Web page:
At the end of July an almost forgotten conflict flared up in southeastern Europe again: the Kosovo crisis was suddenly back in the headlines after police of the now-independent country blocked the import of goods from Serbia and angry Kosovo-Serbs torched buildings on a border crossing as a reaction.
(Images Copyright JB Photography)
After 16 months of war between ethnic Albanians and Serbs, a heavy-handed NATO peace enforcement operation ended the hostilities in June 1999. Since then the Kosovo Force (KFOR), a military force of about 6,500 multinational troops, has acted as a guarantor of stability. Although formally still part of Serbia, Kosovo developed its own administrative structures and finally declared full independence from Serbia on 17 February 2008. Predictably, Serbia refused to recognize the new state and continues to do so.
Ever since the end of the war, the Kosovo issue has been a smoldering crisis on the Balkans with angry accusations over various issues exchanged between Serbia and its former province regularly. At the end of July 2011 the situation quickly became dangerous, when Serbia refused to accept the newly issued Kosovo customs seals on goods that were crossing the border between the two countries.
On 21 July the government of Kosovo in turn imposed an import ban on goods from Serbia. That was not a problem for the ethnic Albanian Kosovars at all. But in the north of Kosovo the population of four municipalities consist of ethnic Serbs and these were now practically blocked from getting such basic things as food, consumer goods or medical supplies.
Lacking alternatives, the Serbs in Kosovo continued importing from Serbia as if nothing had happened. On 25 July the government in Pristina finally had enough and sent a special police unit to take control over two border crossings to Serbia.
Subsequently the events quickly got out of hand and on 27 July local Serbs torched the buildings at Jarinje border crossing, unidentified gunmen fired shots at a helicopter and at Polish KFOR-troops. At the same time, the Serbs set up roadblocks on three locations in northern Kosovo to prevent Kosovo police and customs officers, as well as KFOR from reaching the two border crossings in question.
The Republic of Serbia finds itself hanging in mid-air in the matter: on one side it does not want to stop supporting the Serbs in Kosovo, otherwise it just fulfilled one major prerequisite for joining the EU by capturing two suspected war criminals and sending them to The Hague for their trials.
Serbia saw the EU’s support for an independent Kosovo and the demand to abolish its administrative structures in the Serb-populated northern Kosovo as yet another stumbling block on Serbia’s way to join the Union. Belgrade saw itself pressed to recognize an independent Kosovo.
To understand why this is so difficult, one has to look as far back as 15 June 1389, when the armies of the Serbian Prince Lazar and the Ottoman Sultan Murad I met in battle on the Kosovo Polje, near the present-day capital Pristina. The Serbs managed to check the Turkish advance on the Balkans and farther into Europe, but Prince Lazar and most of his warriors died on the battlefield.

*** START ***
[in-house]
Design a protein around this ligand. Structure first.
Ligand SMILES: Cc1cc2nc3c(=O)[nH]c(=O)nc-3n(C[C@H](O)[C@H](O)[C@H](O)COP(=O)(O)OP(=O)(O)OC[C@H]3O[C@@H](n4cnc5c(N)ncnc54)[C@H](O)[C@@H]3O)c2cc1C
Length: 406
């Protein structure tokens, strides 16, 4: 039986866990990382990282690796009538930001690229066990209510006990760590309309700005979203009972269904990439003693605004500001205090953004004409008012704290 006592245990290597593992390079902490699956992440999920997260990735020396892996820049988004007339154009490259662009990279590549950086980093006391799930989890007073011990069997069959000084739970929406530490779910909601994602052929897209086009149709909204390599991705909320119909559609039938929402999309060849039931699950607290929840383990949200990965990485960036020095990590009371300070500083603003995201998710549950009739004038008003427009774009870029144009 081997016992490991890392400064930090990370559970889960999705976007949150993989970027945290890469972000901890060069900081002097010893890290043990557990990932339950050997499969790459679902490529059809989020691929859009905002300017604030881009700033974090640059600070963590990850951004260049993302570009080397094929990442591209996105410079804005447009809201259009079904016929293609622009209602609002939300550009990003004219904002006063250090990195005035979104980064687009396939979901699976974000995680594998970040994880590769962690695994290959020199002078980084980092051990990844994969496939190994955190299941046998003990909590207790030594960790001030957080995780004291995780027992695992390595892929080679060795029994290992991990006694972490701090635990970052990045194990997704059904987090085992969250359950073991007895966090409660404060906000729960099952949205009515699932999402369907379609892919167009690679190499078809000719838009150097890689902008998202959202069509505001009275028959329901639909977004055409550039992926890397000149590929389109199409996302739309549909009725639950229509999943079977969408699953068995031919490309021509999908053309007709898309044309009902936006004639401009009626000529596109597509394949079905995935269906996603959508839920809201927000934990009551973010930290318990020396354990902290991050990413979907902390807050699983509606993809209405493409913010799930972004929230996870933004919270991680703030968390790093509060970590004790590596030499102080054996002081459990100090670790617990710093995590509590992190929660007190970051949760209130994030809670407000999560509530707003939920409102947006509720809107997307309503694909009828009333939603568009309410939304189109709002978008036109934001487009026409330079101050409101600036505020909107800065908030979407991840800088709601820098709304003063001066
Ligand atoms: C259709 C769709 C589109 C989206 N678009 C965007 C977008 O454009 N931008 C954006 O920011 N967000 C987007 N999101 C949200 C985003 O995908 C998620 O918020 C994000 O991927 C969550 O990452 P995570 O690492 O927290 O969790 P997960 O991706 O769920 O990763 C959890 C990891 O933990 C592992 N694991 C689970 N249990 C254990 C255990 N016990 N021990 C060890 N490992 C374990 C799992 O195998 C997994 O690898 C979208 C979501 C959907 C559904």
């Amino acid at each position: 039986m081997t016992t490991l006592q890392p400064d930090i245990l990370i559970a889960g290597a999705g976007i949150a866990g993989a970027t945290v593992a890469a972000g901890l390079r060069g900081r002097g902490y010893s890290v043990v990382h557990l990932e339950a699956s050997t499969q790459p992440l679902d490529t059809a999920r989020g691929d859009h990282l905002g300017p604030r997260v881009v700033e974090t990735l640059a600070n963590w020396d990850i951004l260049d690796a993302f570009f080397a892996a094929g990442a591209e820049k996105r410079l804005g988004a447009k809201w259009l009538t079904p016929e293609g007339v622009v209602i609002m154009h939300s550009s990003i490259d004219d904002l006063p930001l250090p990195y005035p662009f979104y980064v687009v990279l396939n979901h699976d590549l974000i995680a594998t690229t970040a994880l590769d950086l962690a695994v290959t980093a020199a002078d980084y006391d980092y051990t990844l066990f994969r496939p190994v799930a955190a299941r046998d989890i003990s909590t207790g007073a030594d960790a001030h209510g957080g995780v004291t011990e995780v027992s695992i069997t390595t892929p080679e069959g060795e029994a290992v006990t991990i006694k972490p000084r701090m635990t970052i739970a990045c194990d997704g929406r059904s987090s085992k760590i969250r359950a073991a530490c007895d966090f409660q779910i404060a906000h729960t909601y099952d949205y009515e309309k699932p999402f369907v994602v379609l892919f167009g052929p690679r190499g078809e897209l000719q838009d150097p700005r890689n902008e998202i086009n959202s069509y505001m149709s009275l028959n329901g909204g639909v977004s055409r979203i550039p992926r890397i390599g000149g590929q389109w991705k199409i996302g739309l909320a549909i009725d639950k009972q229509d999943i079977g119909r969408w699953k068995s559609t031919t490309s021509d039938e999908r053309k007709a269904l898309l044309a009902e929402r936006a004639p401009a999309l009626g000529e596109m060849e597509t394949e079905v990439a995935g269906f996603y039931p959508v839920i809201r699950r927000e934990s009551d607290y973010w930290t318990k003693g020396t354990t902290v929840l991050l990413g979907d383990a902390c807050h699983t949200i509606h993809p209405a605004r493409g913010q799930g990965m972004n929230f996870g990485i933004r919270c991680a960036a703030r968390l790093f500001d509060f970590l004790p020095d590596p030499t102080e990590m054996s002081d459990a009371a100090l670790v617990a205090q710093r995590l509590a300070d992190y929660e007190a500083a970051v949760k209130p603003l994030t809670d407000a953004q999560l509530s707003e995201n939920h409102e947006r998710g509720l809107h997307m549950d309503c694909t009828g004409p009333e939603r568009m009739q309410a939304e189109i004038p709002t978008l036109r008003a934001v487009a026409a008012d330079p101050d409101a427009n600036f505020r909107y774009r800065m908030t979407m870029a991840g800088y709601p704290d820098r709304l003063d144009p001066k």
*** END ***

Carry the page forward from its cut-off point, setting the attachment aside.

Ever since the Battle of Kosovo Polje, the Serbs consider this the moment of birth of their nation and even now a Serbian government that would recognize Kosovo as an independent state would quickly find itself voted out of office.
So the government of Prime Minister Mirko Cvetkovic has to perform a balancing act between its interest of getting the country into the EU, and appearing not too soft on the Kosovo issue. A difficult task that has so far been fulfilled with surprising political subtlety and skill. Gone are the days when the former Serbian strongman Slobodan Milosevic blurted his ideas about a “Greater Serbia” to the world.
Despite repeated provocation coming from the Kosovo government under Prime Minister Hashim Thaci, Serbian politicians – with very few exceptions – refused to be drawn. The Minister for Kosovo in the Serbian government, Boris Mihajlovic, said in an interview, “We are in constant contact with those countries that have not recognized Kosovo, but also with those that have, and we are lobbying to have the problem solved through dialogue [..] instead of unilateral actions that change the situation in the field.”
Finally on 19 August, the German ambassador to Serbia, Wolfram Maas, confirmed in an interview with the Serbian daily Blic, that the recognition of an independent Kosovo by Serbia was never a condition for joining the EU.
Meanwhile, the KFOR commander, German Major General Erhard Buehler, was able to bring all parties involved to the negotiating table for a series of talks in the town of Leposavic and after some Balkan-style bickering among local politicians the local Serbs cleared the roadblocks in the second week of August. The KFOR now has control over the two disputed border crossings (Jarinje and Brnjak), helped by the EU law enforcement agency EULEX. Vehicles up to 3.5 tons can cross unannounced, heavier vehicles need to be declared in advance, but at least supplies for the Serb minority are again coming into the country.
But peace remains fragile in the region. An exercise of Kosovo special police on 24 August provoked anger on the Serbian side, including threats to set up the roadblocks again. And on 26 August an 81 year old Serb, who tried to enter Kosovo on a bus from Montenegro was severely beaten by Kosovar border police because he only had his old papers, issued by the Serbian authorities.
On 2 September the talks between Serbia and Kosovo are set to continue in Brussels. The only hope is that all sides show some common sense and neither does anything to ignite that most volatile of all powder kegs on the Balkans.
(Johann Brandstatter, 1 Sept 2011)